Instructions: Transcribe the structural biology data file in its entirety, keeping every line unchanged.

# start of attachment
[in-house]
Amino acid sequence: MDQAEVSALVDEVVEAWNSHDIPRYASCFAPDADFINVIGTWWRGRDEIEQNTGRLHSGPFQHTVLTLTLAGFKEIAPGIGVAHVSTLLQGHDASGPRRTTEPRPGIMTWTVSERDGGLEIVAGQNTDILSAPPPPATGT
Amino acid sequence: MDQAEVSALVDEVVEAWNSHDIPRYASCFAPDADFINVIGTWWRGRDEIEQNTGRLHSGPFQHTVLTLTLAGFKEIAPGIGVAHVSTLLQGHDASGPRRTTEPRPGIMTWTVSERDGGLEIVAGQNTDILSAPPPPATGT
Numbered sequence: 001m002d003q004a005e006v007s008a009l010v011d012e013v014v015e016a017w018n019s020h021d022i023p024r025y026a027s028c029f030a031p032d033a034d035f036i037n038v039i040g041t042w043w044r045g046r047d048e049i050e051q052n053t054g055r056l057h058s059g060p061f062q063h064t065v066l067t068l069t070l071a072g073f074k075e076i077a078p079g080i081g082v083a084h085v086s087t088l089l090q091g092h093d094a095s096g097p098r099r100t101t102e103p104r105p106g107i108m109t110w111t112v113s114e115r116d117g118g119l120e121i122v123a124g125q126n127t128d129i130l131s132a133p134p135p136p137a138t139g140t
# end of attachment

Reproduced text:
[in-house]
Amino acid sequence: MDQAEVSALVDEVVEAWNSHDIPRYASCFAPDADFINVIGTWWRGRDEIEQNTGRLHSGPFQHTVLTLTLAGFKEIAPGIGVAHVSTLLQGHDASGPRRTTEPRPGIMTWTVSERDGGLEIVAGQNTDILSAPPPPATGT
Amino acid sequence: MDQAEVSALVDEVVEAWNSHDIPRYASCFAPDADFINVIGTWWRGRDEIEQNTGRLHSGPFQHTVLTLTLAGFKEIAPGIGVAHVSTLLQGHDASGPRRTTEPRPGIMTWTVSERDGGLEIVAGQNTDILSAPPPPATGT
Numbered sequence: 001m002d003q004a005e006v007s008a009l010v011d012e013v014v015e016a017w018n019s020h021d022i023p024r025y026a027s028c029f030a031p032d033a034d035f036i037n038v039i040g041t042w043w044r045g046r047d048e049i050e051q052n053t054g055r056l057h058s059g060p061f062q063h064t065v066l067t068l069t070l071a072g073f074k075e076i077a078p079g080i081g082v083a084h085v086s087t088l089l090q091g092h093d094a095s096g097p098r099r100t101t102e103p104r105p106g107i108m109t110w111t112v113s114e115r116d117g118g119l120e121i122v123a124g125q126n127t128d129i130l131s132a133p134p135p136p137a138t139g140t